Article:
Sunday, 23 June

I will abolish unnecessary taxes - Kyerematen to GUTA

Alan Kyerematen and GUTA President

In an engagement with the Ghana Union of Traders Associations (GUTA) on Wednesday 10th April 2024, Mr Alan Kyerematen, Founder and Leader of the Movement for Change and independent presidential candidate, has stated emphatically he would abolish a number of taxes imposed on imports that are unnecessary and a huge burden on the trading community. 

“Under my presidency, Ghana will have the lowest tax rate regime in ECOWAS,” he said. 

Outlining a raft of radical tax measures to realign and reduce the burden of taxes on Ghanaians, especially on imports, he said immediate measures will include consolidating the existing NHIL & GETFund levies at the ports into the calculation of a new VAT rate, and the abolition of the Special Import Levy of 2%, COVID-19 Health Recovery Levy and the Ghana Health Service Disinfection Fee. 

Within two years of the establishment of his government of national unity, any taxes and other charges on the importation of spare parts would also be abolished, he said. 

Again, a comprehensive review of all statutory fees and charges on imports imposed by regulatory agencies would be undertaken, with a view to consolidating all such charges and fees into a convenient payment system which would incorporate a new Cash Waterfall mechanism, designed to meet statutory agency requirements and reduce the burden on importers, Mr Kyerematen assured.

Furthermore, a comprehensive assessment of the relevance of all other administrative fees, service charges, and levies imposed at the ports will be undertaken, he added.

Additionally, he said he would establish a fixed exchange rate for the calculation of import duties over a specified period, and fix the exchange rate for specified strategic and essential commodities below the prevailing rate in a ‘second window ’ to reduce the high level of imported inflation in the economy. 

All these tax review measures add up to the most radical and comprehensive review of the import tax regime to date.

When implemented, the environment for doing business in Ghana would be positively transformed, he asserted.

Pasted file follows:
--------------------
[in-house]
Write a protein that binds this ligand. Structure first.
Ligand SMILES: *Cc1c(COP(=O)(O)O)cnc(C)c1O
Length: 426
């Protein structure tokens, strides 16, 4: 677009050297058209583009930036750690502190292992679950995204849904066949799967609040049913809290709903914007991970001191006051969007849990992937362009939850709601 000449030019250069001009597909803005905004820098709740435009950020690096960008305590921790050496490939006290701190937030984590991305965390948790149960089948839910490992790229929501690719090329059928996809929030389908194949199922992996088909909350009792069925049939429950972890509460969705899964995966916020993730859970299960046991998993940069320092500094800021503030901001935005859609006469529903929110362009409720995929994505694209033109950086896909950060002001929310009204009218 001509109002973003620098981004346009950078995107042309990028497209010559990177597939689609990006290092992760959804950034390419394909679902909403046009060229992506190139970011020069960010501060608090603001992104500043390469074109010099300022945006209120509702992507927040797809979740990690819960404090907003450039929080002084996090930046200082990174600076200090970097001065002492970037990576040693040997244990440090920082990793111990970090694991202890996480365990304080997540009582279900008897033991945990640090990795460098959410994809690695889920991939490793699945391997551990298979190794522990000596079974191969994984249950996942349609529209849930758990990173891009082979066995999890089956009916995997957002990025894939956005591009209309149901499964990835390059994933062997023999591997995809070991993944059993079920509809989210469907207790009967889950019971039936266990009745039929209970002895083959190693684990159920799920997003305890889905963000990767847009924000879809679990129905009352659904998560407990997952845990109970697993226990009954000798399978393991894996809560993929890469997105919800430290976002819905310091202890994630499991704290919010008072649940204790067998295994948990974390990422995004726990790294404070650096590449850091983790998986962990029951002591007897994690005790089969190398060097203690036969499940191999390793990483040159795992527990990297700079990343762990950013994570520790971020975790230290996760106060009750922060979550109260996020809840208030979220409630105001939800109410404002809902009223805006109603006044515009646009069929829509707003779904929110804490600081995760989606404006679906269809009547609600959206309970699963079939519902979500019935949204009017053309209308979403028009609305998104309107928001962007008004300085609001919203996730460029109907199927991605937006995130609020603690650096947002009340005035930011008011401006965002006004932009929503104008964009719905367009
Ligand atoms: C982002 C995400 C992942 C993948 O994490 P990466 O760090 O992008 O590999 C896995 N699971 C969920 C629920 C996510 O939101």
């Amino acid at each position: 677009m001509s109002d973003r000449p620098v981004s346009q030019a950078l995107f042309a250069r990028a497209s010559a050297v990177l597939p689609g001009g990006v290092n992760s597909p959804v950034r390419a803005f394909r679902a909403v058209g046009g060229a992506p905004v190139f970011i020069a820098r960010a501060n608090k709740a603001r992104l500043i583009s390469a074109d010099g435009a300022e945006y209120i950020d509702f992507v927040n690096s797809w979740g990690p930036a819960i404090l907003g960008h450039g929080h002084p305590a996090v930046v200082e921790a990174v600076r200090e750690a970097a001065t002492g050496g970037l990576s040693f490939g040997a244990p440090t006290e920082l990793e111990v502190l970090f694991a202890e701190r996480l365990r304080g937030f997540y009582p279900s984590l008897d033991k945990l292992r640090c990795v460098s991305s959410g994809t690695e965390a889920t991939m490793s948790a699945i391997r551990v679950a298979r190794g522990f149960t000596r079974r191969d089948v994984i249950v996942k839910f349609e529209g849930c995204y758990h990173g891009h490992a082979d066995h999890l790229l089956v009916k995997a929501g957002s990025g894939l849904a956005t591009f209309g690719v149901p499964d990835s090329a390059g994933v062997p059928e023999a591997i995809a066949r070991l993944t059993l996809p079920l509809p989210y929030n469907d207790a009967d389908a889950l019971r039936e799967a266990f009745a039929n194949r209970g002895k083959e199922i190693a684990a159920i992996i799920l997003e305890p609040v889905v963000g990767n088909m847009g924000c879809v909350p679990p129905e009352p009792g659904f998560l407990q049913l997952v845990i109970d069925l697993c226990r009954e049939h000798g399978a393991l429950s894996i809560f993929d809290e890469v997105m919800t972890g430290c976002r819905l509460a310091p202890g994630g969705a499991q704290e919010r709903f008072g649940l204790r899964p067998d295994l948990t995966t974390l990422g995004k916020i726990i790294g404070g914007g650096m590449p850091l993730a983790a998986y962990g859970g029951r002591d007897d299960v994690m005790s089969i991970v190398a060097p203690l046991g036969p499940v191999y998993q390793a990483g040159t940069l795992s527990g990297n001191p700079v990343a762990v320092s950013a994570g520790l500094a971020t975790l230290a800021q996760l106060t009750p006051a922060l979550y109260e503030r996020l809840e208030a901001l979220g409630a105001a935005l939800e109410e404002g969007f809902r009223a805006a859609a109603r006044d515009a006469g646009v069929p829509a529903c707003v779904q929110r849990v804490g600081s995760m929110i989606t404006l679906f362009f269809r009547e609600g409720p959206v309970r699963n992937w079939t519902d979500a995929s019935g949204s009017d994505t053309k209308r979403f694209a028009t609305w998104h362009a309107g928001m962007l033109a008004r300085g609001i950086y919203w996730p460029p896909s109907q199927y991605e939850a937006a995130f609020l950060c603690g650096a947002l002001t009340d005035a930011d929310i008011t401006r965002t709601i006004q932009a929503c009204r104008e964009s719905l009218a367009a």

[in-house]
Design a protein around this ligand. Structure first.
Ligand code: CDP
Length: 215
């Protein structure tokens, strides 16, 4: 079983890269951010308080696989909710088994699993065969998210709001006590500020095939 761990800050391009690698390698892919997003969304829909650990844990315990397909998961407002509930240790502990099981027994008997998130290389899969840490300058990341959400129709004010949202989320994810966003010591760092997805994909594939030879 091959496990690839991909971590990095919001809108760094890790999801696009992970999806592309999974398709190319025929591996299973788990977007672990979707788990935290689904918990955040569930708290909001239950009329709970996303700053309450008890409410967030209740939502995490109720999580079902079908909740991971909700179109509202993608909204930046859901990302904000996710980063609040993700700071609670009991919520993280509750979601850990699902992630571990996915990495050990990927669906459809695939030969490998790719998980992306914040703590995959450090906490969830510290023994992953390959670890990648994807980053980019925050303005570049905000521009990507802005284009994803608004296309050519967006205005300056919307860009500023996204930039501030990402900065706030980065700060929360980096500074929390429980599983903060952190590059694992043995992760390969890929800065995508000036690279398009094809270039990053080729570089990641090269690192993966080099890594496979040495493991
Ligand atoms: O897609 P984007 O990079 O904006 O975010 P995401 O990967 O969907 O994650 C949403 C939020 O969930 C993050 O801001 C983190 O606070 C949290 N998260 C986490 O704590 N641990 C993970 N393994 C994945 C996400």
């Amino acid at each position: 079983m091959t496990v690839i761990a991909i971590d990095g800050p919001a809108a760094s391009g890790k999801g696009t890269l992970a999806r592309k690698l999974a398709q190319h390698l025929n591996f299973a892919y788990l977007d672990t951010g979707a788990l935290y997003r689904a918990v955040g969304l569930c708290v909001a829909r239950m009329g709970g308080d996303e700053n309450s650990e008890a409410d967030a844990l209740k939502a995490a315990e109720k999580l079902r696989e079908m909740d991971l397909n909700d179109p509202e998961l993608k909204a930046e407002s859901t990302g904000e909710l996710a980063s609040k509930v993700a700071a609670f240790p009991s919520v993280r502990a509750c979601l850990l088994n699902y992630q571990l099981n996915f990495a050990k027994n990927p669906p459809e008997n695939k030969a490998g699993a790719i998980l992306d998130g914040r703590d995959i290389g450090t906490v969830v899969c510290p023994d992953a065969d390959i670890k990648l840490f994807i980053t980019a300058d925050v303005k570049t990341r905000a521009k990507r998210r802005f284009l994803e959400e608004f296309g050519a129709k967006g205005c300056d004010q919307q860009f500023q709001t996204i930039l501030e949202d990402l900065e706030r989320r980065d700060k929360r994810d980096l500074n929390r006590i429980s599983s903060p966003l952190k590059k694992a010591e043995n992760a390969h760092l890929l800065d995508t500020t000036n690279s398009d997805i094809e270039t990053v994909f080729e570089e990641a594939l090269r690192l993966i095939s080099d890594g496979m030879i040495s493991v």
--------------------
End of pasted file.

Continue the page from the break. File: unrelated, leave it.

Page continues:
Bemoaning the plethora of taxes that make business difficult in Ghana, the President of GUTA, Dr Obeng, mentioned twenty-two (22) different taxes apart from VAT, adding up to nearly sixty-five (65) percent of the value of imports. Moreover, over fourteen (14) state agencies operate in the port, as well as various security agencies, he outlined. 

This state of affairs drives up the cost of doing business, making businesses move to other ports, and encouraging unethical practices, Dr Obeng bemoaned. 

Recognising the level of stress and difficulties faced by the Ghanaian business owner, which is ultimately transferred to the customer, Mr Kyerematen stressed the importance of easing the business environment for traders as a means of improving the livelihoods of ordinary Ghanaians. 

Until the government creates an enabling environment for private sector-led growth, the transformation that we so desire will continue to elude us, he said.  

In another groundbreaking and innovative approach, Alan Kyerematen intimated that a government under his leadership will shift from the current heavy reliance on indirect taxes to direct taxes. 

“I will ensure a recalibration of the existing tax regime structure to optimize revenue mobilization from direct taxes (personal and corporate), and reduce over-reliance on indirect taxes (import duties, levies, and charges) to make the corporate sector more competitive and profitable,” he said. 

Mr Kyerematen based his remarks on the plans set out in his Great Transformational Plan (GTP), which seeks to move beyond the mere promises of political party manifestoes to actual plans that can deliver the vision of Ghanaians for a prosperous, united, and peaceful Ghana that provides equal opportunities for all, especially young people, women, and other vulnerable groups.

Source: Mensah